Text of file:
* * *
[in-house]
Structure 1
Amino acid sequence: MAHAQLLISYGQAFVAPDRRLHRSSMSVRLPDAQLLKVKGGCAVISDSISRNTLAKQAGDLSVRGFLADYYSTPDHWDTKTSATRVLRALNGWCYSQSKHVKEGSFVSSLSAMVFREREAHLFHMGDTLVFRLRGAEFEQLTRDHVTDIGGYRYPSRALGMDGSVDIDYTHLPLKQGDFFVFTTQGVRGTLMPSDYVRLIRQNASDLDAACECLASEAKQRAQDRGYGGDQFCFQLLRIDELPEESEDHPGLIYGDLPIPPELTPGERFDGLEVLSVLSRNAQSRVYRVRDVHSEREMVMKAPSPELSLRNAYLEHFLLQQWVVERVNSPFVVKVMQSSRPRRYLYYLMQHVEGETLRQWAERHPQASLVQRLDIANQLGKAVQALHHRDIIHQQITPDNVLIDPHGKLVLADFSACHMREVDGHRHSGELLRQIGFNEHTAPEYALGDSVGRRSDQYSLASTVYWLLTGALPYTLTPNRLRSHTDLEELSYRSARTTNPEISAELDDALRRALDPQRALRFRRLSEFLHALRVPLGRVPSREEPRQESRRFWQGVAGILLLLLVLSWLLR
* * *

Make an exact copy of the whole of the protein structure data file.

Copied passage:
[in-house]
Structure 1
Amino acid sequence: MAHAQLLISYGQAFVAPDRRLHRSSMSVRLPDAQLLKVKGGCAVISDSISRNTLAKQAGDLSVRGFLADYYSTPDHWDTKTSATRVLRALNGWCYSQSKHVKEGSFVSSLSAMVFREREAHLFHMGDTLVFRLRGAEFEQLTRDHVTDIGGYRYPSRALGMDGSVDIDYTHLPLKQGDFFVFTTQGVRGTLMPSDYVRLIRQNASDLDAACECLASEAKQRAQDRGYGGDQFCFQLLRIDELPEESEDHPGLIYGDLPIPPELTPGERFDGLEVLSVLSRNAQSRVYRVRDVHSEREMVMKAPSPELSLRNAYLEHFLLQQWVVERVNSPFVVKVMQSSRPRRYLYYLMQHVEGETLRQWAERHPQASLVQRLDIANQLGKAVQALHHRDIIHQQITPDNVLIDPHGKLVLADFSACHMREVDGHRHSGELLRQIGFNEHTAPEYALGDSVGRRSDQYSLASTVYWLLTGALPYTLTPNRLRSHTDLEELSYRSARTTNPEISAELDDALRRALDPQRALRFRRLSEFLHALRVPLGRVPSREEPRQESRRFWQGVAGILLLLLVLSWLLR